“Uncertainty” might as well be the Bank of England’s unofficial word of the year after the central bank used it 123 times in official communications during 2016.
Simply put, if you weren’t uncertain this year, you were doing something wrong. Uncertainty was everywhere. Uncertainty about political events like the Brexit vote and the US election, uncertainty about what their shock outcomes will mean going forward, uncertainty about which beloved celebrity will be the next to die prematurely.
Nowhere was this uncertainty more prominent than in the direction of the British economy after the country voted to sever ties with Brussels and leave the European Union.
In the run-up to the referendum on June 23, many – including BoE Governor Mark Carney – predicted a recession in the event of a vote to leave. What actually followed surprised most, with the economy remaining resilient and growing at a much faster pace than forecast.
A perfect indicator of just how uncertain Britain’s economic climate was this year comes from the minutes of the 11 meetings of the Bank of England’s rate setting Monetary Policy Committee this year.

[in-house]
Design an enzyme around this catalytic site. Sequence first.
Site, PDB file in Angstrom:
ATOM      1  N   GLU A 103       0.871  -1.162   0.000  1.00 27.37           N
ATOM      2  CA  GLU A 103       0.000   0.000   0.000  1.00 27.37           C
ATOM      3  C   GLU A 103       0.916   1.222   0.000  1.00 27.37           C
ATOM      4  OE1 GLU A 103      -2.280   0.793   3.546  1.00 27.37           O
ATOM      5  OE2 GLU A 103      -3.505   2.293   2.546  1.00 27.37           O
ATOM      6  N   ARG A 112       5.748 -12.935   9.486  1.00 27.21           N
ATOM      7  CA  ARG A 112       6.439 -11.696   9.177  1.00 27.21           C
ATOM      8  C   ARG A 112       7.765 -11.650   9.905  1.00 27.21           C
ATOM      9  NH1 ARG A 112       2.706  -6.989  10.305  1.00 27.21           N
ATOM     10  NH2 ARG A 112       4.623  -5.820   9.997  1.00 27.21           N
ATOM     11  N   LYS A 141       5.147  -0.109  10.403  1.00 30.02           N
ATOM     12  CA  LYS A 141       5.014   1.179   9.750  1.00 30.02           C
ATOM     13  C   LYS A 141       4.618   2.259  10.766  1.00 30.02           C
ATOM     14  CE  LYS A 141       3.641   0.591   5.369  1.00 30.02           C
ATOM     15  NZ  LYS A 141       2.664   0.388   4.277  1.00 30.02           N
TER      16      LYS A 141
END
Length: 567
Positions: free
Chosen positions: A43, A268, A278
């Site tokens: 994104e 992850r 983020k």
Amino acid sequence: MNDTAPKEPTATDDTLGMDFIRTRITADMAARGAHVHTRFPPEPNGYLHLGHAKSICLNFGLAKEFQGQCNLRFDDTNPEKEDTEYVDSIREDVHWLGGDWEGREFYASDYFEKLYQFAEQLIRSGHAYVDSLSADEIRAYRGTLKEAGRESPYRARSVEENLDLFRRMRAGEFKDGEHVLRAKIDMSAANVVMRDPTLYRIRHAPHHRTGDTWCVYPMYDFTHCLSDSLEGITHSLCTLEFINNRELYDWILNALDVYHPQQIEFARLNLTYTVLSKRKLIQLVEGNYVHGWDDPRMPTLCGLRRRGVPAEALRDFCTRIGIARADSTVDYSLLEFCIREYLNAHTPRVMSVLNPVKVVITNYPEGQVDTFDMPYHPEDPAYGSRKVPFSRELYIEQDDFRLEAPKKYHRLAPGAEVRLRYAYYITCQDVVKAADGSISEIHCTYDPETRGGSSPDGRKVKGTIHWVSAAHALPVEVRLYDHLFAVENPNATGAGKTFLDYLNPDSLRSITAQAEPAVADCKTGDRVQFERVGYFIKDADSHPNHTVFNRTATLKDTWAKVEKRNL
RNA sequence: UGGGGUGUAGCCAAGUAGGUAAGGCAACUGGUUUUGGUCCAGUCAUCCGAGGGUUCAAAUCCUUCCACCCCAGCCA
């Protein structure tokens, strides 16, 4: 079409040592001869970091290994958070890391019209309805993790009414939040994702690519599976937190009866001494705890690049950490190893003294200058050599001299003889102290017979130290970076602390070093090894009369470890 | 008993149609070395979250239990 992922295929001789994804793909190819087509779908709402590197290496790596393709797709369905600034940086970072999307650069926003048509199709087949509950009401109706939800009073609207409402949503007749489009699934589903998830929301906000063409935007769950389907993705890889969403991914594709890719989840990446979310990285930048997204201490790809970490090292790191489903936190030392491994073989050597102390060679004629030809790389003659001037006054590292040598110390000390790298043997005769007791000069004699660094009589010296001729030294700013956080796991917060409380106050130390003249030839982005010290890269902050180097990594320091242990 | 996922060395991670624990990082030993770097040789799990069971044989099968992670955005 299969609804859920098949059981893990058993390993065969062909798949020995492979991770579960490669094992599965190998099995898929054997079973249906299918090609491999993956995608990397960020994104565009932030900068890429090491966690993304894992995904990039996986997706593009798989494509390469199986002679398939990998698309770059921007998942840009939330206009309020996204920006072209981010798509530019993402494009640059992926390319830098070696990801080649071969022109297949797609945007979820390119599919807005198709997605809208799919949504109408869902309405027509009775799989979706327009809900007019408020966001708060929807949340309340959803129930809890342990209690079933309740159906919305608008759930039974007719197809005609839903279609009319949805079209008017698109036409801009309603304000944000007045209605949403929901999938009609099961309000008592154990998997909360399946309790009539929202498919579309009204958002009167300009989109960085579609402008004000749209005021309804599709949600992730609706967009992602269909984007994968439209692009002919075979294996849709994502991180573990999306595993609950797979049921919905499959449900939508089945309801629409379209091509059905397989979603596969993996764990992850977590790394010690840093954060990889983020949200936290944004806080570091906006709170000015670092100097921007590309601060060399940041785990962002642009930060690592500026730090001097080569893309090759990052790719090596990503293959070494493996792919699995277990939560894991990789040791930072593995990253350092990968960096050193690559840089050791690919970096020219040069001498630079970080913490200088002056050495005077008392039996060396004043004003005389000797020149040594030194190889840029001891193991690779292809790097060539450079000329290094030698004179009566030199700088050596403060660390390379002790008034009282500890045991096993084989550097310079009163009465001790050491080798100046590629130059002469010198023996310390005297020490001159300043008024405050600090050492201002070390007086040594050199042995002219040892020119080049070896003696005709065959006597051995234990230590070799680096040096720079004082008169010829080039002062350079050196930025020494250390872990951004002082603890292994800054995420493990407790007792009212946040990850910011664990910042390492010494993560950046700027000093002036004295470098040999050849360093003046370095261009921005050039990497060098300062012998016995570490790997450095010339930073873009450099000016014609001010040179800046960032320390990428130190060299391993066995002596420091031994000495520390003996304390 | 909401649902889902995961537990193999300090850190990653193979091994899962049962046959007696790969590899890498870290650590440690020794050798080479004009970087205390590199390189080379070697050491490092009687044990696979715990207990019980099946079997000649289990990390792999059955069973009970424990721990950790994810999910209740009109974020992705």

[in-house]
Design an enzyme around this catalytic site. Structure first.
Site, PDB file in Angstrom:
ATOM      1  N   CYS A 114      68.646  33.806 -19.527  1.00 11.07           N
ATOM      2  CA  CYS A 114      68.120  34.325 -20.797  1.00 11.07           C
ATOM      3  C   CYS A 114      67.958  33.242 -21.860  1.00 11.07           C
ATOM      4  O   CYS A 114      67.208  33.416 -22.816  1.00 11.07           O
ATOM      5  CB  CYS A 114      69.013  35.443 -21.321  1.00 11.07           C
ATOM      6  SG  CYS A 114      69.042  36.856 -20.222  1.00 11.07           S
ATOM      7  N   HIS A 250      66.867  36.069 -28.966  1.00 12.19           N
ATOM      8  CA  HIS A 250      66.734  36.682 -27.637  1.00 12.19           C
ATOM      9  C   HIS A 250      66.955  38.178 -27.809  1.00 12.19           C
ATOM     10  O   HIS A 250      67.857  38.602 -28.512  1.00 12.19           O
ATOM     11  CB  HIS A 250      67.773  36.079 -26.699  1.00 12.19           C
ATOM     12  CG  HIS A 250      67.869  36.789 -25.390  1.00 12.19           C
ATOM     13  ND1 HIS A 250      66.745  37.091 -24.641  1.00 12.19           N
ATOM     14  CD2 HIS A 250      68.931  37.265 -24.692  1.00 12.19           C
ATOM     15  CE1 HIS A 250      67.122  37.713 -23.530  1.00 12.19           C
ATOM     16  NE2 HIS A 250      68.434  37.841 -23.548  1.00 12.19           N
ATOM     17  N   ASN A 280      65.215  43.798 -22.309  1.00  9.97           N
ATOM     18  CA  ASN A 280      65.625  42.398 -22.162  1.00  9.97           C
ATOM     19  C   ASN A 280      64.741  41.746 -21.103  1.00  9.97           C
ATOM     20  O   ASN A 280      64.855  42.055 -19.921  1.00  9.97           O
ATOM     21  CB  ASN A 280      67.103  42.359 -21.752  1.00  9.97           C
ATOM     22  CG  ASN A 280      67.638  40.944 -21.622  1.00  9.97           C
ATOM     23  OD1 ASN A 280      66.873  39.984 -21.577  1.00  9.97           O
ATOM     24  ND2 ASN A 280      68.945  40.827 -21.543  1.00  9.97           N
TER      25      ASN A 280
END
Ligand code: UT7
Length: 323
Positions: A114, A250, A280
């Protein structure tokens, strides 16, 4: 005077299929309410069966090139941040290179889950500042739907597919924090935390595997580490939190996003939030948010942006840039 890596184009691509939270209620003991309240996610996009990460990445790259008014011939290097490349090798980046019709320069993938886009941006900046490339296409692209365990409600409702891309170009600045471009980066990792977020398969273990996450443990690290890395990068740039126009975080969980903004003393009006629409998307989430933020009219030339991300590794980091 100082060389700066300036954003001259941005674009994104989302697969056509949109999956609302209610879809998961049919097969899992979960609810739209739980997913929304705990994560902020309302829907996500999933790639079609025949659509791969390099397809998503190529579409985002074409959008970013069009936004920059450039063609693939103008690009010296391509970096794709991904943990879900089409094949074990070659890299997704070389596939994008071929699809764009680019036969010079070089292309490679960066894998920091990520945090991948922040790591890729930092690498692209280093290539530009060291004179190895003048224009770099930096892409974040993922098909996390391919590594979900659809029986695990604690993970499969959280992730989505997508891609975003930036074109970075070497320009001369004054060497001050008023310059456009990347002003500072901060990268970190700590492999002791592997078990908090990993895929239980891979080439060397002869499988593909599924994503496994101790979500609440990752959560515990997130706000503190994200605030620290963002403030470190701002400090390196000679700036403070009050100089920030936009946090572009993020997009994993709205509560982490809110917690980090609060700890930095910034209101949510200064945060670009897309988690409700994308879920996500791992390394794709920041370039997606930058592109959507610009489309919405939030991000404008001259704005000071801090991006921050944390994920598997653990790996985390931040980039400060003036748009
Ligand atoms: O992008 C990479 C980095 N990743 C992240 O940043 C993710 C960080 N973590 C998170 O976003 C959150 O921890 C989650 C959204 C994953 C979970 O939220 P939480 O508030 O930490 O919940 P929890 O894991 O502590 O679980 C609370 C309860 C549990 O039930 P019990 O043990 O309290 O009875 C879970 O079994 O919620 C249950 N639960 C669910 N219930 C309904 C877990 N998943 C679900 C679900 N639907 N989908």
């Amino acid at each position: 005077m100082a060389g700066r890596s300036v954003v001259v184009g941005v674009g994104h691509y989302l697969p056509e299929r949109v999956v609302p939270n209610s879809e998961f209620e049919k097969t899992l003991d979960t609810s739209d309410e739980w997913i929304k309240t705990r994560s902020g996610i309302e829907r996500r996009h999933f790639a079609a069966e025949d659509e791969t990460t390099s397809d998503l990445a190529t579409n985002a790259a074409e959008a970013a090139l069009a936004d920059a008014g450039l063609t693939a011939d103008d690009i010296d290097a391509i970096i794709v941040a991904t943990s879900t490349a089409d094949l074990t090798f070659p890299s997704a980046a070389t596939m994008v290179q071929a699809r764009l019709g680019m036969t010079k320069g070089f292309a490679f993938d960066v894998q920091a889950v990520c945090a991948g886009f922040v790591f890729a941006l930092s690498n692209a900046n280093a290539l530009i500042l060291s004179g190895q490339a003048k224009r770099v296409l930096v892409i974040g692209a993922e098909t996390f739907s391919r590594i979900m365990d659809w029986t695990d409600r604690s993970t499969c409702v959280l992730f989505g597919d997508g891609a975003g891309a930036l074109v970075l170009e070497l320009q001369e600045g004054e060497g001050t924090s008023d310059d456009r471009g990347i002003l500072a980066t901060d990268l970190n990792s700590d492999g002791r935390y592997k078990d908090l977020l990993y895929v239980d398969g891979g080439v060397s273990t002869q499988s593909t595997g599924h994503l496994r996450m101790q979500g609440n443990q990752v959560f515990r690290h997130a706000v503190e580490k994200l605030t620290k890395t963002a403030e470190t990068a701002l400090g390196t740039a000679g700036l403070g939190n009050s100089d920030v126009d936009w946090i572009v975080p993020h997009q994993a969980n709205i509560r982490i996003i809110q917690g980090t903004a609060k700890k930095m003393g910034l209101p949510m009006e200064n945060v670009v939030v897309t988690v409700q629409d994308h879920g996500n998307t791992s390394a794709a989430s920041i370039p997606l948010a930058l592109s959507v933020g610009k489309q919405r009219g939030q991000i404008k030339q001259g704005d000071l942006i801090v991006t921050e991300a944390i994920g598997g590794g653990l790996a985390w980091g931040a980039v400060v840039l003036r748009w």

The Bank of England used the words “uncertain” or “uncertainty” a total of 123 times in the minutes of its meetings in 2016, an average of 11.18 uses per meeting. We first noticed this fact thanks to the Financial Times’ excellent round-up of “The UK economy in numbers in 2016.”
In itself that’s pretty impressive, but what is even more striking is that its a 78% increase from 2015, when the MPC met 12 times.
Back in 2015 all the world had to be unsure about was a hard landing from the Chinese economy, and maybe the odd Greek debt crisis, but things really ramped up in 2016.
2016 got off to a fairly certain start in the eyes of the MPC. “Uncertainty” was mentioned just 15 times in the first three months of the year, with not a single mention at the bank’s January meeting. As the June referendum approached, uncertainty began to really come into focus, with the MPC’s April meeting making 20 mentions of the “U” word.
“There are some signs that uncertainty relating to the EU referendum has begun to weigh on certain areas of activity, as some decisions, including on capital expenditure and commercial property transactions, are being postponed pending the outcome of the vote,” the bank’s summary on April 14 said.
For most of the rest of the year, uncertainty was mentioned between 12-19 times per meeting. In August, when the bank cut interest rates for the first time in seven years, taking its base rate to a record low 0.25%, uncertainty was mentioned on 12 occasions.
Toward the end of the year usage tailed off a little, and at the bank’s December meeting it was mentioned just eight times.
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